Chico State will recognize the efforts and sacrifice of activist César Chávez with more than a half dozen events on and off campus beginning this week.

Chico State joins other state universities, schools and offices in honoring Chávez’s birthday and subsequently will be closed on Thursday, March 31. This closure provides students and the Chico community the opportunity to participate in civic engagement inspired by Chávez and the meaning behind his life’s work.

This year’s theme is “Respecting and Honoring César Chávez,” and as in years past, the events will aim to educate about Chávez and his legacy of activism. They also encourage the campus community to reflect upon his achievements and contributions and for Chico State students to participate in civic engagement within their own community.

Yvette Zúñiga, associate director of the Office of Equity, Diversity and Inclusion, said that as a daughter of farmworkers, she has seen firsthand the struggle of inhumane working conditions, low wages and feelings of powerlessness—so events surrounding Chávez and his activism are important to her.

“César Chávez and those involved with the movement, like Dolores Huerta, gave people like me hope for a better life. His work is a model for nonviolent resistance and political engagement,” she said. “Honoring his birthday is honoring human rights, and doing service work on his birthday is a reminder that in our community can we make change for a better society.”

Events commemorating César Chávez Day this year begin today with a free screening of the film “César’s Last Fast” in the Bell Memorial Union, Room 203, at 5:30 p.m., presented by Nu Alpha Kappa Fraternity. This documentary film narrates the events of 1988 when Chávez began his “Fast for Life,” a 36-day water-only hunger strike, to draw attention to the horrific effects of unfettered pesticide use on farmworkers, their families, and their communities.

On March 29 from 6–8 p.m., the Cross-Cultural Leadership Center (CCLC) and MEChA will host a Baile at The Hub celebrating the Latinx farmworker community and those who brought their struggles to public consciousness—this is an outstanding opportunity to enjoy some Latinx music and dances. A second Baile celebration will take place on March 30 from 6 to 8 p.m. at The Hub at University Village. Also, on March 30, a time to reflect and learn more about the legacy of Chávez will take place from 10 a.m. to 2 p.m. in Trinity Commons.

As the University reminds students to respectfully honor Chávez on the holiday and to look out for their fellow Wildcats, the Wildcats ROAR series returns March 30 at 5:30 p.m. in Student Services Center (SSC), Room 122. Presented by WellCat Prevention, this peer-led presentation dives into how alcohol affects the body, the signs of alcohol poisoning and what we can do to help a friend in need. Free pizza will be served.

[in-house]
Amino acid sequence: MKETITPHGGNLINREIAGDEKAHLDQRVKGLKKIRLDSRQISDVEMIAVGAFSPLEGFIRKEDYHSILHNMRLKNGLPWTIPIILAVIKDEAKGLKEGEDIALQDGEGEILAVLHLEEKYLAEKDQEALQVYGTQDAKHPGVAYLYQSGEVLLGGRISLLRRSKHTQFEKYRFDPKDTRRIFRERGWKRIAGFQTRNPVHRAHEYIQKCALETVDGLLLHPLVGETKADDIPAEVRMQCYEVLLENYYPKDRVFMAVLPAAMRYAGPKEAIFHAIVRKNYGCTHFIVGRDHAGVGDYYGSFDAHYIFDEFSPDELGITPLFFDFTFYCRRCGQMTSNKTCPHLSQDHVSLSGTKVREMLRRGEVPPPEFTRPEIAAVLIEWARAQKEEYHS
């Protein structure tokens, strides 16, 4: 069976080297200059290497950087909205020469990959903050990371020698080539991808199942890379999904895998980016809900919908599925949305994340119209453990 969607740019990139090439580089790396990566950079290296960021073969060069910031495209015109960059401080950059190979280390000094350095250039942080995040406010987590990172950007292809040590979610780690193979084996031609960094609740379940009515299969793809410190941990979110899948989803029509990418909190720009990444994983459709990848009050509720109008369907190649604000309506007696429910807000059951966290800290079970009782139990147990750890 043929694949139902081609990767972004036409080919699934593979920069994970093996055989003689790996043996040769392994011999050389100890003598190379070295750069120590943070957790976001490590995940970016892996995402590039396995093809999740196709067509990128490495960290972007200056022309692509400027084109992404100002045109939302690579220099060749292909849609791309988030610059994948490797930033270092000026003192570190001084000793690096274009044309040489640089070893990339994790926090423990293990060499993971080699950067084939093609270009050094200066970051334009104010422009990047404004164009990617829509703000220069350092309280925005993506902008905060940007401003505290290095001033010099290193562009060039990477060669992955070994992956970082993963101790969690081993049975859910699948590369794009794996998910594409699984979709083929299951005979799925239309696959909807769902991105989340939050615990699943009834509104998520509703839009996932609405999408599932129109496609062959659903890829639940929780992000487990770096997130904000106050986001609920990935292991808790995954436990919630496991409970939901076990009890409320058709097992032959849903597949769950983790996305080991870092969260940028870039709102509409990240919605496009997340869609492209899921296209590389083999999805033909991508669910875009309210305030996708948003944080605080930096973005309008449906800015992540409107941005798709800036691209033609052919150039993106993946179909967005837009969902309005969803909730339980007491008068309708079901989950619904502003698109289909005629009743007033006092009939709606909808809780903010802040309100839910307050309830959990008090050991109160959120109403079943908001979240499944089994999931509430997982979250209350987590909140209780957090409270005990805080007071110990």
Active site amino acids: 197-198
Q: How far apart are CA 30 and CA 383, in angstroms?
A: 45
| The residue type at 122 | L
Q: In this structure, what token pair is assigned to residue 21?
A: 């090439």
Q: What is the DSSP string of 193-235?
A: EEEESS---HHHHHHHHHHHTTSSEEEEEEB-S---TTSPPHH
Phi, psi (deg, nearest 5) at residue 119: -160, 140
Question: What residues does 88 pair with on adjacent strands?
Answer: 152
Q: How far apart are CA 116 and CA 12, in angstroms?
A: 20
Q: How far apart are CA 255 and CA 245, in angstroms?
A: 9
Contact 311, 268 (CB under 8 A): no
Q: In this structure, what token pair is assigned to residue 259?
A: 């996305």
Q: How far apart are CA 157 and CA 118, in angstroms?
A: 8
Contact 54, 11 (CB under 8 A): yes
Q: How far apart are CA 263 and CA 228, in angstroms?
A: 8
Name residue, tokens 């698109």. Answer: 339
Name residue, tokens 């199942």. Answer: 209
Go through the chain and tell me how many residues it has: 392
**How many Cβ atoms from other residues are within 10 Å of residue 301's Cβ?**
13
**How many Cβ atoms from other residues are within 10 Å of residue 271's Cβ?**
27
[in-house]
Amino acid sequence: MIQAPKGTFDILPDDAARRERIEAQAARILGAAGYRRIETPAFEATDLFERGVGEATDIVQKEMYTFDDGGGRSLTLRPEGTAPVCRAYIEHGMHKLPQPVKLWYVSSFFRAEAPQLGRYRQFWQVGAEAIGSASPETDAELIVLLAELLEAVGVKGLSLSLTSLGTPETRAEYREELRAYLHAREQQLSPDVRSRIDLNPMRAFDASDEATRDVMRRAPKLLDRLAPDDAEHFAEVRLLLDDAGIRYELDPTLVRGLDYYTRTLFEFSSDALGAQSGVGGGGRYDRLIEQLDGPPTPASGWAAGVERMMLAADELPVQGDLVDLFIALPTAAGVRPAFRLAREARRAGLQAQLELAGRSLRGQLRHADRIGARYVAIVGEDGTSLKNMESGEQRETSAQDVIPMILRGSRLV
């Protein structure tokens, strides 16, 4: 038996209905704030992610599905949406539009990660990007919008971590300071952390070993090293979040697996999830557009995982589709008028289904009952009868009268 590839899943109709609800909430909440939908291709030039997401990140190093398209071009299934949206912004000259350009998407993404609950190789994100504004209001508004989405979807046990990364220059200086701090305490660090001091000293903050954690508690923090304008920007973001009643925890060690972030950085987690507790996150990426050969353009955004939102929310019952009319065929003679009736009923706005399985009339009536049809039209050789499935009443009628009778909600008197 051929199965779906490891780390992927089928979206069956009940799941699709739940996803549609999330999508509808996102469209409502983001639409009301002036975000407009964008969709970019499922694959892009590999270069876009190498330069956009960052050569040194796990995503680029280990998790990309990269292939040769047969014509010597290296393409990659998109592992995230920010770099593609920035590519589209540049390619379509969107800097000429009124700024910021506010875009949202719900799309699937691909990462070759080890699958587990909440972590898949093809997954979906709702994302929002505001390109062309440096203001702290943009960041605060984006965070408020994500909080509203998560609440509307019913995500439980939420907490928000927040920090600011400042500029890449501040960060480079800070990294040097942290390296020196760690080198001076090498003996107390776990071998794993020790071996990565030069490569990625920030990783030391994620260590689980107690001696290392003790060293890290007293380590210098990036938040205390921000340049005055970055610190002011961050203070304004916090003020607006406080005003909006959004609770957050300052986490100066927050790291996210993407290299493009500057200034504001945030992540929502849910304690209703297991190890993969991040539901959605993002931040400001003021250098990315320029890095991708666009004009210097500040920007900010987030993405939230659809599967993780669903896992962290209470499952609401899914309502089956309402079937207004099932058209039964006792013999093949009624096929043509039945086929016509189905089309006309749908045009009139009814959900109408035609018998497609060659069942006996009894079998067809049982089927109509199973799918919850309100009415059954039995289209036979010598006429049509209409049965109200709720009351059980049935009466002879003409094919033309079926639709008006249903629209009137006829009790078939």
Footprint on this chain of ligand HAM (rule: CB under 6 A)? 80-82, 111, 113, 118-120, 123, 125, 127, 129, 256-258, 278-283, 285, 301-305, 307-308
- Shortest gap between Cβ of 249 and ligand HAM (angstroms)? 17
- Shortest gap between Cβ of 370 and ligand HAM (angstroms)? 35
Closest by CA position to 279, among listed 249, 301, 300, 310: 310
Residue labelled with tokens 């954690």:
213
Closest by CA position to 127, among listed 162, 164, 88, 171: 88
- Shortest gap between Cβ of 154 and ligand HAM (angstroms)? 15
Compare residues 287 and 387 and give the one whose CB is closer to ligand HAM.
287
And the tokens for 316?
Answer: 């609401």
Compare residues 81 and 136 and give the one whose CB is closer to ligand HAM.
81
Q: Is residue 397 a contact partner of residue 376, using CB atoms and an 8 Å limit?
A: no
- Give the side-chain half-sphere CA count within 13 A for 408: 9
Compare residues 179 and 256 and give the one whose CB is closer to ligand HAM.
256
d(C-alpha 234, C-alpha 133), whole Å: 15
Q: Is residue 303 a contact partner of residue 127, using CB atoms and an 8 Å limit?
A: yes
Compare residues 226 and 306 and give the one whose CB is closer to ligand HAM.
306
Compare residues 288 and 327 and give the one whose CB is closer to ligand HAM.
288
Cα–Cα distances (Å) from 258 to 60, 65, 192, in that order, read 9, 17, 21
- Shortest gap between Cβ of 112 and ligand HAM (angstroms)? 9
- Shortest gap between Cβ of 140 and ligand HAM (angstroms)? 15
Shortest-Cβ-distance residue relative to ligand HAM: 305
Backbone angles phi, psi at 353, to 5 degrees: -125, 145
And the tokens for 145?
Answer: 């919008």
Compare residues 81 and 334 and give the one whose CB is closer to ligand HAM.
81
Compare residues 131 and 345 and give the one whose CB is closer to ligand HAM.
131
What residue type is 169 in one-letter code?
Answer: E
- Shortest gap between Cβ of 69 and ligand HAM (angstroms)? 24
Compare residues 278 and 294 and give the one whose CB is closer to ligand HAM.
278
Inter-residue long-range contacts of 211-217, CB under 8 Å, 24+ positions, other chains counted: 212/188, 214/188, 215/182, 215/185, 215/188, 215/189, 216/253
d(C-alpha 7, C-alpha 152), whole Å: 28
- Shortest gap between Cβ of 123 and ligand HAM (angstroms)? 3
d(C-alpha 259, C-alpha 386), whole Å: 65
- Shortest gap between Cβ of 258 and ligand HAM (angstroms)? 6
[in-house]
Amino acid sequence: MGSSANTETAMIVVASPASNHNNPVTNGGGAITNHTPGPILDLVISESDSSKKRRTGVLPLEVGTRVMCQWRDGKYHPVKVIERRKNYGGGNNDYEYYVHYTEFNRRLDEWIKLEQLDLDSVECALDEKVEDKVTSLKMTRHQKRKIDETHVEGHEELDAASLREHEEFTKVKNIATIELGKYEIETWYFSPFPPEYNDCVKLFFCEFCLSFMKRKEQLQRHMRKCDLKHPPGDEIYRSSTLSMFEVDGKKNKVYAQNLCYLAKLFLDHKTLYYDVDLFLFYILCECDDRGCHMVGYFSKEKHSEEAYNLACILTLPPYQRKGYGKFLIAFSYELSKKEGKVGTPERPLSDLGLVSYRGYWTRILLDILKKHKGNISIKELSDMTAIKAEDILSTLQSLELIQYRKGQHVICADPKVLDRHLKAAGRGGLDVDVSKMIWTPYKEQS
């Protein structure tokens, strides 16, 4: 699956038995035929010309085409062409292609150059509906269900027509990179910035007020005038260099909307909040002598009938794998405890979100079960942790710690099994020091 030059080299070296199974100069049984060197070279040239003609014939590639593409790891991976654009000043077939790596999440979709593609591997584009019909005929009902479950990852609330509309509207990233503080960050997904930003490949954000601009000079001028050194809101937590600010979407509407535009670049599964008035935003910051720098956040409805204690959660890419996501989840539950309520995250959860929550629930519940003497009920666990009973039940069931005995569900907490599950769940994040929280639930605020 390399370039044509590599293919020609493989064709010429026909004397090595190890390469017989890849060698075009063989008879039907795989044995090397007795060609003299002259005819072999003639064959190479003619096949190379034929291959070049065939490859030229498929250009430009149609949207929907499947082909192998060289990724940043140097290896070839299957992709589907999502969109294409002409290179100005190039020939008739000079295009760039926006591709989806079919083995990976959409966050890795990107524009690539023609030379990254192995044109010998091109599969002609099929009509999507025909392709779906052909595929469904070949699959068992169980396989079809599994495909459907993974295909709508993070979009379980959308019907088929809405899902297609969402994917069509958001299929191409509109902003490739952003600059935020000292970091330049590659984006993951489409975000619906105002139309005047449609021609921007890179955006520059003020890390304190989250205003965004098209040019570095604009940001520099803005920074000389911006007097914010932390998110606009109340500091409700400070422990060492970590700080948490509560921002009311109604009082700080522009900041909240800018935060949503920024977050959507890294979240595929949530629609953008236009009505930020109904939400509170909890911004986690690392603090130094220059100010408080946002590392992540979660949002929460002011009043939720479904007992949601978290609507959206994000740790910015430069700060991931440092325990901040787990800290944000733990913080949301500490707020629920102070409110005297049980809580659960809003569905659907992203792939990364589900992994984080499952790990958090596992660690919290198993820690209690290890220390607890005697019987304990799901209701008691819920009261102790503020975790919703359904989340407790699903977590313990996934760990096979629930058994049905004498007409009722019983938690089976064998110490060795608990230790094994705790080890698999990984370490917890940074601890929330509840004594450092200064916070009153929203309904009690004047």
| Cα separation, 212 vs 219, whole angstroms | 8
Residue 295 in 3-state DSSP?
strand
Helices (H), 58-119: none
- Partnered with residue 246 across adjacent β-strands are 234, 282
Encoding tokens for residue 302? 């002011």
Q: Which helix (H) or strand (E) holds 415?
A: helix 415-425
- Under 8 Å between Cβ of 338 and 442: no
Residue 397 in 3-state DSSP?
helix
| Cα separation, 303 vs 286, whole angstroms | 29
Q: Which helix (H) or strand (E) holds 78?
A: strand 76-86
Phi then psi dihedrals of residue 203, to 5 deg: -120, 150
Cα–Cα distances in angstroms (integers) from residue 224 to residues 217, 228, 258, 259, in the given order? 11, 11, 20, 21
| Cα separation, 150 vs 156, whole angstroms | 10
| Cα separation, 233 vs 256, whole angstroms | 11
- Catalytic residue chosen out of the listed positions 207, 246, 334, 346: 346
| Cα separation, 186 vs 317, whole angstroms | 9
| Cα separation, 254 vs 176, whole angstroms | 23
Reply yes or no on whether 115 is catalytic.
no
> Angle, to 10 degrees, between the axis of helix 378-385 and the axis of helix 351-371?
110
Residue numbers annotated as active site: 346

As always, the University’s signature event is ’Cats in the Community. On March 31 at 10 a.m., Chico State students will honor the legacy of Chávez with the annual community service event ’Cats in the Community. Students are encouraged to sign up for this great opportunity to give back to the wider Chico community during this National Day of Service. The event is sponsored by Associated Students’ Community Action Volunteers in Education and those interested in volunteering can pre-register at https://www.givepulse.com/event/281168.

César Chávez Safety Outreach booths will be present in the community on Thursday, March 31 from 11 a.m. to 2 p.m. Booths will be located at the corner of West Second and Ivy Streets (in front of the SSC), at the FSA table at West Third and Ivy Streets and on campus at Sutter Hall near The Hub. Booths will have free water and snacks.

Rounding out the events this year will be a night of Lotería and information about Chávez’s life and work. Snacks and giveaways for students who stop by.

As founder of the National Farm Workers Association in 1962—an organization which eventually became the United Farm Workers of America—Chávez influenced and inspired millions of Americans through his nonviolent tactics in the struggle for improved treatment, better pay and safer working conditions for farm workers. He devoted his life to this work and his legacy is still felt today in other industries outside farming and agriculture.

Additionally, Chávez was instrumental in the passage of the California Agricultural Labor Relations Act, which established collective bargaining rights for farm workers. In 2014, President Barack Obama designated March 31 as César Chávez Day in his honor, urging Americans to use it as a day of service and education, noting, “Let us remember that when we lift each other up, when we speak with one voice, we have the power to build a better world.”

Those who require an accommodation in order to participate in on-campus César Chávez Day events or who have questions about accessibility may contact the Accessibility Resource Center at 530-898-5959.